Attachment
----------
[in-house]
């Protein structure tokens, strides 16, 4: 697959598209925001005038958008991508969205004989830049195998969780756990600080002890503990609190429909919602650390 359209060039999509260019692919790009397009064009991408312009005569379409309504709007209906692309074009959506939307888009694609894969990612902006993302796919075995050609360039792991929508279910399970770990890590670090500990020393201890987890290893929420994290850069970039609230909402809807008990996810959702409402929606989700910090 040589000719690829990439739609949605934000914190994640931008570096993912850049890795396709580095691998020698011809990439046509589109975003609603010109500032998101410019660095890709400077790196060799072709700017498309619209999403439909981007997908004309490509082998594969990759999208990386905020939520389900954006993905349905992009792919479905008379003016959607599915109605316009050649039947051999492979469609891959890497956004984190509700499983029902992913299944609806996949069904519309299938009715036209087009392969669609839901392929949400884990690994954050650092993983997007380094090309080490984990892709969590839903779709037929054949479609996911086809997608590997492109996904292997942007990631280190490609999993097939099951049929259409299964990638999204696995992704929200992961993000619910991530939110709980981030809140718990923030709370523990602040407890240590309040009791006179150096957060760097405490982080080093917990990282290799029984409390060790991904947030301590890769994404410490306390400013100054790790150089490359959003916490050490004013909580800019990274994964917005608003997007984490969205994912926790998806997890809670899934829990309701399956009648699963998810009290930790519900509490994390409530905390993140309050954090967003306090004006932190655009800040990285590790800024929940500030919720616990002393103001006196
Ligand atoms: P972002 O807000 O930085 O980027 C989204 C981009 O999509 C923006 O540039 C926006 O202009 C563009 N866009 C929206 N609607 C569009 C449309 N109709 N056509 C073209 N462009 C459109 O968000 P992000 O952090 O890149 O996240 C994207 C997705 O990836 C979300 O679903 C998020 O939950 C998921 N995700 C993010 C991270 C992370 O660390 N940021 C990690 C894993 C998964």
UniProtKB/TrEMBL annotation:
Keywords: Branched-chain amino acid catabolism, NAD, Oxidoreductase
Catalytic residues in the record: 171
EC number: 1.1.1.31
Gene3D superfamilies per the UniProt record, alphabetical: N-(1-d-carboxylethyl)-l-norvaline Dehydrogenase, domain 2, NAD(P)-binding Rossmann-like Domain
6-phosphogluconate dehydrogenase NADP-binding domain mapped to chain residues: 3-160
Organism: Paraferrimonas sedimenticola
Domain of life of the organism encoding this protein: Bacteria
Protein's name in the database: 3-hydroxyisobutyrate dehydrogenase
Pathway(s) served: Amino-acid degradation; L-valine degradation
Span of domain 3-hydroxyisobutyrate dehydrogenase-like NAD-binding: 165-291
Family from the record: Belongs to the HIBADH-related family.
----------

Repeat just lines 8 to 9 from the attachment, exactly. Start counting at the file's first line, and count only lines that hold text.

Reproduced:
Gene3D superfamilies per the UniProt record, alphabetical: N-(1-d-carboxylethyl)-l-norvaline Dehydrogenase, domain 2, NAD(P)-binding Rossmann-like Domain
6-phosphogluconate dehydrogenase NADP-binding domain mapped to chain residues: 3-160